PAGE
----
Occasional fasting probably isn’t the end of the world, humans had to endure it pretty regularly so it’s not something we’re totally unprepared for, however being perpetually malnourished can lead to problems.
However, I do think it’s worth mentioning that while there have been some cursory studies suggesting caloric restriction may extend life expectancy I don’t believe any evidence has shown that fasting is required to reap any such benefits (just eating a low amount of calories.)
Further, any claims that fasting is good because it “purifies” or “cleans” or “detoxifies” is woo. The human body is designed to rip everything it can use out of whatever you put in its mouth and get rid of the rest without it tearing you up. Regular food doesn’t cause your body to enter a state where it needs to have a “toxin flush.” If you did have a build up of something toxic it’d probably be the result of something like eating lots of fish every single day that are high in mercury and in that case a single day’s fast here in there isn’t going to get the job done.
Also I’m really sad that I still see people talking about daily weigh ins and gaining after meals as if that is relevant to fat loss at all. One of the worst things that ever happened to people trying to lose weight is they came to the conclusion that well, they need to lose weight.
I’m not looking at anyone in this thread but just speaking generally, about something that is so commonly said so casually but just contributes to gross misunderstanding.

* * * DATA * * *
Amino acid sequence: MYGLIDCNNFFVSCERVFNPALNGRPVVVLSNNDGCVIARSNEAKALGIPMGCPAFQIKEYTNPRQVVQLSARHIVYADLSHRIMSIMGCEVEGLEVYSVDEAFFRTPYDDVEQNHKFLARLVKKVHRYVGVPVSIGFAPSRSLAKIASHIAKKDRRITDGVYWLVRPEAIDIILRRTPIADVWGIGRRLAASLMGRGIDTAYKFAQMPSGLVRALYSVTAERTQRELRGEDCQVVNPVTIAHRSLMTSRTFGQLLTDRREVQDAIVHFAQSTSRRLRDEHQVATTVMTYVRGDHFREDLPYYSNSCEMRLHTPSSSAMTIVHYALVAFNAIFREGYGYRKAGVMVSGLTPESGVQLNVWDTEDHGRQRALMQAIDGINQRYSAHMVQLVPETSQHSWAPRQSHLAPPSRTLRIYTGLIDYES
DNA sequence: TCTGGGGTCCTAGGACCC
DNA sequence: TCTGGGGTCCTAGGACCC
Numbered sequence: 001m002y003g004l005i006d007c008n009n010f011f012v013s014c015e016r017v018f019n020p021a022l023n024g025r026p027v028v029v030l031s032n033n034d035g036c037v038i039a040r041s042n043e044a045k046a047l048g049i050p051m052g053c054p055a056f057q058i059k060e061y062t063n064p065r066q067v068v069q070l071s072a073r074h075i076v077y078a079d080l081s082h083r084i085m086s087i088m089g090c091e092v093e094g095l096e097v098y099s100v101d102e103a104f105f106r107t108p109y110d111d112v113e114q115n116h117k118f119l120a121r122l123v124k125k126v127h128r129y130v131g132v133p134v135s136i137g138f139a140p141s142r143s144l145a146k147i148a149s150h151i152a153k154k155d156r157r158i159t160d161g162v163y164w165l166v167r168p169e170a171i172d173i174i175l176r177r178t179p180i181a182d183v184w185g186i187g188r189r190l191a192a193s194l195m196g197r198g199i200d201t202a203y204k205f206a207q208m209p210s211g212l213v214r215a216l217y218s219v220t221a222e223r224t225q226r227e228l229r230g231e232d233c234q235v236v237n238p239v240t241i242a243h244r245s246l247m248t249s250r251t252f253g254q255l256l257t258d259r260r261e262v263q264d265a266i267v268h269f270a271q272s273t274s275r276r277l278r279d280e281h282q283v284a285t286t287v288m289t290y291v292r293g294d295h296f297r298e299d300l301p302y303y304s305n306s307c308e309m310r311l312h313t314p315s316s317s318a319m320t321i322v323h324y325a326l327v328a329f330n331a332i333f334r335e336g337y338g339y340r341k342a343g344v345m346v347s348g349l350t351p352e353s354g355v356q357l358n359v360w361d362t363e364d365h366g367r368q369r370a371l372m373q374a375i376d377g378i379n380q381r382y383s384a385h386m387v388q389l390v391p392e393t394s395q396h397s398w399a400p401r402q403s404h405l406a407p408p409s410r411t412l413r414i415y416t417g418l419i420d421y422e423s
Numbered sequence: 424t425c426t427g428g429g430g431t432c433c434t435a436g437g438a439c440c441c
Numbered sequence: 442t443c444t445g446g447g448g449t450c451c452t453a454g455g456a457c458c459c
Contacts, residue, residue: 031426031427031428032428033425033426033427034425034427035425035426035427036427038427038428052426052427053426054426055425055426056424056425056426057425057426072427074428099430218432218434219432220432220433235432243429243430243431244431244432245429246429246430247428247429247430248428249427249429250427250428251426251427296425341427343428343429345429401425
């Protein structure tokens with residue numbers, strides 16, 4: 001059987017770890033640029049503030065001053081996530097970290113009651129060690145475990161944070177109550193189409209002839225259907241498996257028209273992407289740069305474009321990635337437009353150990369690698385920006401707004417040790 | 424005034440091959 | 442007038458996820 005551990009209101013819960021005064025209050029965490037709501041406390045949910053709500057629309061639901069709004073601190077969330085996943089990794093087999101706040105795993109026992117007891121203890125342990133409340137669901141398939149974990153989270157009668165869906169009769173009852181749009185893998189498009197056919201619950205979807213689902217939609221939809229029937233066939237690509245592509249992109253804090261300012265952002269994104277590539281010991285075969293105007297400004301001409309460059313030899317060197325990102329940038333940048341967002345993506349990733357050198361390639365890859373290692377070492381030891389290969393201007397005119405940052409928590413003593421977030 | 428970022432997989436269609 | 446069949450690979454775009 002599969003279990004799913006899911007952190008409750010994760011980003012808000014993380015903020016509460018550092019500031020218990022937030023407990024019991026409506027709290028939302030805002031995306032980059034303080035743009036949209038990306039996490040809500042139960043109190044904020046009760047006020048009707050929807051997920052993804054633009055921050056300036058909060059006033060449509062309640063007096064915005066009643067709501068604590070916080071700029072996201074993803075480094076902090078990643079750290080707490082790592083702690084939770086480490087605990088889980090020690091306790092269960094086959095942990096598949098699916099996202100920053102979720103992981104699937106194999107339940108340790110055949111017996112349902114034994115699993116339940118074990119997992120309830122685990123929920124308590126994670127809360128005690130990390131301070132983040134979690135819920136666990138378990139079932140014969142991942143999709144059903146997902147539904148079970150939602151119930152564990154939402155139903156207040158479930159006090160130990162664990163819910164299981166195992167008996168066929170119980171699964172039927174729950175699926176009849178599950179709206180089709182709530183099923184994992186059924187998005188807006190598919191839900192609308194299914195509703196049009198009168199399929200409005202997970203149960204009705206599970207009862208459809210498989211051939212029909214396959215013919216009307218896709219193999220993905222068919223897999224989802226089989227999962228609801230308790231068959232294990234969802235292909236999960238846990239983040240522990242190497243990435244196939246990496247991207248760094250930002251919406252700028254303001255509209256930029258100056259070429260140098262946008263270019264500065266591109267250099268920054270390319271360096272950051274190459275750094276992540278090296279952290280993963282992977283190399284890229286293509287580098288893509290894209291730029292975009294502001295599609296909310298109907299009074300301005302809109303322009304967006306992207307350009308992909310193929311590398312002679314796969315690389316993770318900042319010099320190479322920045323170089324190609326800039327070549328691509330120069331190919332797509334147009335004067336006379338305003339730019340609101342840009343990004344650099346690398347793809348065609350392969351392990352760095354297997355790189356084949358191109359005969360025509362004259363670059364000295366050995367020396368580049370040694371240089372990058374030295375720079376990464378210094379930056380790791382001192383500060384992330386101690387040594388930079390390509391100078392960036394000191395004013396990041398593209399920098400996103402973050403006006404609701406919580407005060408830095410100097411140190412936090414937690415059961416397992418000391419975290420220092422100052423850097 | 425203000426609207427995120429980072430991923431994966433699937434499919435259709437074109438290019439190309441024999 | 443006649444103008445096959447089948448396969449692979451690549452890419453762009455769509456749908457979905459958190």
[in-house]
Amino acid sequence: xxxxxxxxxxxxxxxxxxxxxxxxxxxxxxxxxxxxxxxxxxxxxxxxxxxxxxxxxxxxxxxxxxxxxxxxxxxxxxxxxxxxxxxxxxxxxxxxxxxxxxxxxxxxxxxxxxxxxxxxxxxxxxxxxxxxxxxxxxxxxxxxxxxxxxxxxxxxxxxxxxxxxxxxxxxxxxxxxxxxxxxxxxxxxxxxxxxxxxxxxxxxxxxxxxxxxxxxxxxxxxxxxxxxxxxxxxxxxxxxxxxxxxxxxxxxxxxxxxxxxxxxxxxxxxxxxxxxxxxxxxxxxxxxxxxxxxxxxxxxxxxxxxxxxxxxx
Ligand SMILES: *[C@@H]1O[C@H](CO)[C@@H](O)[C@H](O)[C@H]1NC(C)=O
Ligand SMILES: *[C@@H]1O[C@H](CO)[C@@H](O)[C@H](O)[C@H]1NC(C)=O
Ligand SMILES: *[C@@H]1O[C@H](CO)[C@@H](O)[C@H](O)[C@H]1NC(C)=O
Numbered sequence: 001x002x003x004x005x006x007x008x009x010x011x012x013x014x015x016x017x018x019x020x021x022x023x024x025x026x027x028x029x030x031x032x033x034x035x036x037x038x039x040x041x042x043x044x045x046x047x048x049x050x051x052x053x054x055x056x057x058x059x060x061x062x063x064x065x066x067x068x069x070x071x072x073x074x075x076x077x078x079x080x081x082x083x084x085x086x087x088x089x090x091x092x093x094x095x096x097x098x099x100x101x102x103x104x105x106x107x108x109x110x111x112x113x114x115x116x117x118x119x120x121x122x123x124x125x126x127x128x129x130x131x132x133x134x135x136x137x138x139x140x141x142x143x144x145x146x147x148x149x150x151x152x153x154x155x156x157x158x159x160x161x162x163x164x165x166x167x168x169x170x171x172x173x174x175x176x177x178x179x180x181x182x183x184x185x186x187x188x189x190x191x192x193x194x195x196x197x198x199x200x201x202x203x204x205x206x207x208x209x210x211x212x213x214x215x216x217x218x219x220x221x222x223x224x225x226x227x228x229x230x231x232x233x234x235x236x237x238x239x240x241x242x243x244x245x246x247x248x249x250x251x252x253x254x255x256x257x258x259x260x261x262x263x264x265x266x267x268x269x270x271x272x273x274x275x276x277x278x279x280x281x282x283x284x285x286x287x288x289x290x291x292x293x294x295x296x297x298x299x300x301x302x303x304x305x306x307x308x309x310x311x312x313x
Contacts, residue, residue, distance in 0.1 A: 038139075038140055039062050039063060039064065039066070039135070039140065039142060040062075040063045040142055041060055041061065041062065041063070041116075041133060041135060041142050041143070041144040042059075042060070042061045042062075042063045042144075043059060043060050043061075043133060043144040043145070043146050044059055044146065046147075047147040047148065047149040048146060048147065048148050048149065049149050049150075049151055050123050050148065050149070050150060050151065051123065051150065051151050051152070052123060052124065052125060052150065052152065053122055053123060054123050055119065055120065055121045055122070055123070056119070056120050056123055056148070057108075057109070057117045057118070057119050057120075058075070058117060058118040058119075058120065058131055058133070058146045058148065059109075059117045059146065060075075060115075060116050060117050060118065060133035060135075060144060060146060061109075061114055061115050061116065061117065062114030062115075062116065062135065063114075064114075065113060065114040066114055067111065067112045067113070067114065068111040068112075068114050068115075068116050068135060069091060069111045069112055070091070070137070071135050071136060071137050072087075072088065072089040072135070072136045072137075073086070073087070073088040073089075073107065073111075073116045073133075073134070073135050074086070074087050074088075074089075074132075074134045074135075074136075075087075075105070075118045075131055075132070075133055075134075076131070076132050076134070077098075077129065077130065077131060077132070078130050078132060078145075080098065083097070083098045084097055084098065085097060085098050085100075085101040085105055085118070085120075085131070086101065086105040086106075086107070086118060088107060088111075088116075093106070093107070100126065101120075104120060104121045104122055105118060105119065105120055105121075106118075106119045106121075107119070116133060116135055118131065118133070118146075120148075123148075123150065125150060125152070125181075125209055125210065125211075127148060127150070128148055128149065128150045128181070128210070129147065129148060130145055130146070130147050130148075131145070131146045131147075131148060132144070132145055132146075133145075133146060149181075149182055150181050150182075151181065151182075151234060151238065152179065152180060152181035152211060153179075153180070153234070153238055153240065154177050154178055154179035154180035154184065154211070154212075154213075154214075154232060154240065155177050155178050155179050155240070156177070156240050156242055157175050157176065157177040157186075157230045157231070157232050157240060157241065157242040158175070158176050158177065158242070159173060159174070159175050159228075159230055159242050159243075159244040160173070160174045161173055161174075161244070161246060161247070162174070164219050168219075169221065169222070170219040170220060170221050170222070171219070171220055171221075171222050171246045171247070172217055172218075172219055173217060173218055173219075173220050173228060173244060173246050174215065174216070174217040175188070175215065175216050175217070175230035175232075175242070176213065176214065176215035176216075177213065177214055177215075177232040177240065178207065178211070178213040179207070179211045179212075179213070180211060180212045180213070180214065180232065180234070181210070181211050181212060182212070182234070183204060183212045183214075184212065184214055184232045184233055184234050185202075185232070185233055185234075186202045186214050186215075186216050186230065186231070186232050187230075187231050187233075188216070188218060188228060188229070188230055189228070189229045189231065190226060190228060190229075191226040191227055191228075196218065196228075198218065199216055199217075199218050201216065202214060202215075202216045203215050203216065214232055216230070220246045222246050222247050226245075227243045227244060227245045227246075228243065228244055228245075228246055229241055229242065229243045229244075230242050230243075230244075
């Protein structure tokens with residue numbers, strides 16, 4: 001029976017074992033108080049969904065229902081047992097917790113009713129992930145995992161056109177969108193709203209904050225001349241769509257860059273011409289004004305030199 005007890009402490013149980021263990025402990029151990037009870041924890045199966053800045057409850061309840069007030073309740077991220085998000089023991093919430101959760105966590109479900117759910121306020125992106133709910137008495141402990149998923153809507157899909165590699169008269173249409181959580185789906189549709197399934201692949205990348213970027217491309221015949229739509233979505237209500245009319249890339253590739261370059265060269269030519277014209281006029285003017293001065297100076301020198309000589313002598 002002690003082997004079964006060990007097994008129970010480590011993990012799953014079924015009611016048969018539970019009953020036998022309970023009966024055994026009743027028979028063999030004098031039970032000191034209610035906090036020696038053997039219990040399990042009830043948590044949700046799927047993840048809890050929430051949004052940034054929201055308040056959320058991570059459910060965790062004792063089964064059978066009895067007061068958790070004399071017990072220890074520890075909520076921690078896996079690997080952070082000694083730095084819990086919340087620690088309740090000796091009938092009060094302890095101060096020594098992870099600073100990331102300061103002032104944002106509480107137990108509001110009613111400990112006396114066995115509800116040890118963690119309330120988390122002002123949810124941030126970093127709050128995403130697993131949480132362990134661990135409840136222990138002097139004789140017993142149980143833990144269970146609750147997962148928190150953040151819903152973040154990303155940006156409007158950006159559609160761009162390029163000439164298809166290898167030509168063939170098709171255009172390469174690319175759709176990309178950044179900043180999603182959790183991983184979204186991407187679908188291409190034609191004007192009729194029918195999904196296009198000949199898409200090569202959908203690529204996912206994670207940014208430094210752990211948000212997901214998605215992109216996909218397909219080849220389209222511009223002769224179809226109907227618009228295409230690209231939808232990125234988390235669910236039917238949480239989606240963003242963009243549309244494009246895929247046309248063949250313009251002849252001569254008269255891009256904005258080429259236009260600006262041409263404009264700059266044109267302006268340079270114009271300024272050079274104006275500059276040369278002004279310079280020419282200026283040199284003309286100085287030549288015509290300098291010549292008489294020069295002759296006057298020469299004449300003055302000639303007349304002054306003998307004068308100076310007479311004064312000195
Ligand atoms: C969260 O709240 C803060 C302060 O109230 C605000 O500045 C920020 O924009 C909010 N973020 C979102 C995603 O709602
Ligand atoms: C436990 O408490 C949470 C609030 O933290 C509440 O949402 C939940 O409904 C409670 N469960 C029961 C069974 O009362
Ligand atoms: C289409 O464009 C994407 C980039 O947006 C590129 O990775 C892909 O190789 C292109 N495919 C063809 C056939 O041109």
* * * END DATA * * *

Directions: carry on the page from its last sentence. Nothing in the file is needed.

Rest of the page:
You need to lose fat, and weight is only a very rough measure of fat. If you’re 20 pounds lighter you’ve definitely lost some fat, if you’re 5-6 pounds lighter you may have lost some fat. Or maybe your ate more sodium the previous weigh in than normal and your body is now retaining less water as you went to a normal amount of sodium intake. A large bulk of the food you put in your mouth comes back out, also, so depending on whats in your digestive system that also will impact it.
Even on a pretty good diet losing 2-3 pounds a week many times the amount of fat you’re burning in a single day moves through your body in the form of undigestable matter and water. For these reasons weight just isn’t a good measure by itself of fat loss.
I can’t tell you how many times I get annoyed when I hear someone saying “wow, I can’t believe I gained 9 pounds after that party.” To actually gain 9 pounds of fat you’d have to eat over 30,000 calories. That’s like 15 large pizzas. Now, if you ate a bunch of food at a party and weigh in a lot heavier it just means you may have gained at most a pound of fat and your body is retaining a lot of water because you ate a shit ton of salty food and didn’t properly hydrate, and you still have a good chunk of food inside your digestive tract.
Likewise I think it’s funny how every time someone starts a diet they get excited because they lose 8 pounds in their first week. Again, if it takes something like 15 large pizzas in a single day to gain 9 pounds, how much caloric deficit do you wager you’d need to lose 8 pounds of fat in your first week of dieting? Well, to put it in terms of activity (for my guesstimation of an average overweight person), 8 pounds of fat loss means you’ve created an energy deficit equal to the energy expended by:
45 hours of shoveling snow
31 hours of vigorous use of a rowing machine
28 hours of vigorous swimming
15 hours of running at 10 mph (that’s over 5 marathons worth of running)
You did not lose that much weight.